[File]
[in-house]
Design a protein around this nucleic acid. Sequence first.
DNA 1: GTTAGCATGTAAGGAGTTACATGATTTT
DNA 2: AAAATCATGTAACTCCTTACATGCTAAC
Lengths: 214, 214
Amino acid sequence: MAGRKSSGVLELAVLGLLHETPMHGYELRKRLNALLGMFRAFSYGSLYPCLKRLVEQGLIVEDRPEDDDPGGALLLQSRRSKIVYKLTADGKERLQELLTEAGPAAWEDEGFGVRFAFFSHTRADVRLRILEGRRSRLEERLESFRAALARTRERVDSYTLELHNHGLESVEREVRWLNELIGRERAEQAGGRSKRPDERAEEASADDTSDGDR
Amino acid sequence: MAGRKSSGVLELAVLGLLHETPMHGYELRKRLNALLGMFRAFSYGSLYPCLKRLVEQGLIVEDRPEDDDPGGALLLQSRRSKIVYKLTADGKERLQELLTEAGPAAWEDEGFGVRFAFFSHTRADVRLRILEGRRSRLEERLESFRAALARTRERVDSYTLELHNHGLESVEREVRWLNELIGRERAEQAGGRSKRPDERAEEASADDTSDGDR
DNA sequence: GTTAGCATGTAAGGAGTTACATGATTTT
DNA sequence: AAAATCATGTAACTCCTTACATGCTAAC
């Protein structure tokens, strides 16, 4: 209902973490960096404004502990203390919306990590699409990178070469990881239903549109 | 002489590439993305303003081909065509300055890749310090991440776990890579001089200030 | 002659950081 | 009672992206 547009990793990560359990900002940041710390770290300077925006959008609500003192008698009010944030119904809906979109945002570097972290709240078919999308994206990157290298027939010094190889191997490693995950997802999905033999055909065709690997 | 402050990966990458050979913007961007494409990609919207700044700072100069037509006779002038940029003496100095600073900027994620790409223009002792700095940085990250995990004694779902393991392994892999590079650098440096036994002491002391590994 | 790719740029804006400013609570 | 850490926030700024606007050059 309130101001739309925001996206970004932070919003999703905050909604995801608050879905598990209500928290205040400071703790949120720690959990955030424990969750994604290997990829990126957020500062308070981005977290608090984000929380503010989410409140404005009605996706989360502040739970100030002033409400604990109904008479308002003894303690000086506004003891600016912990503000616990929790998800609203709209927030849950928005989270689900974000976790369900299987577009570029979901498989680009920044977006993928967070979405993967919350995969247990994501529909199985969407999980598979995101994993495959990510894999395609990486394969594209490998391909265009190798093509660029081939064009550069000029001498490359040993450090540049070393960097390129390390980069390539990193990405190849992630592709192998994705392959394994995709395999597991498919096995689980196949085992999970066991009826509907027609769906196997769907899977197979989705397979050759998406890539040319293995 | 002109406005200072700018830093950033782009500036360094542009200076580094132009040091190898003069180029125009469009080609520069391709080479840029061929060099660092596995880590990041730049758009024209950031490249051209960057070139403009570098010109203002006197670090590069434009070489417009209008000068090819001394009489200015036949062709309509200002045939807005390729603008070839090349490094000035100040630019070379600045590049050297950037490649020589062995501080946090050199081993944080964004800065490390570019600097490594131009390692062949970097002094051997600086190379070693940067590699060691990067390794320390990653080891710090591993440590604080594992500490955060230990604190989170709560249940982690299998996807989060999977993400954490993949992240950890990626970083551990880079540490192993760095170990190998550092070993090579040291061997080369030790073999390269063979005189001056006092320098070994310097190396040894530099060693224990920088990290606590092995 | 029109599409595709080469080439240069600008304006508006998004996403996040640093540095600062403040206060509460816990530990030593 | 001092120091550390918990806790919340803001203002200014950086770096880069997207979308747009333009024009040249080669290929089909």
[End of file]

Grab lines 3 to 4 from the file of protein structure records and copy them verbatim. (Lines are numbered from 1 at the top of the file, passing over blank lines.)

DNA 1: GTTAGCATGTAAGGAGTTACATGATTTT
DNA 2: AAAATCATGTAACTCCTTACATGCTAAC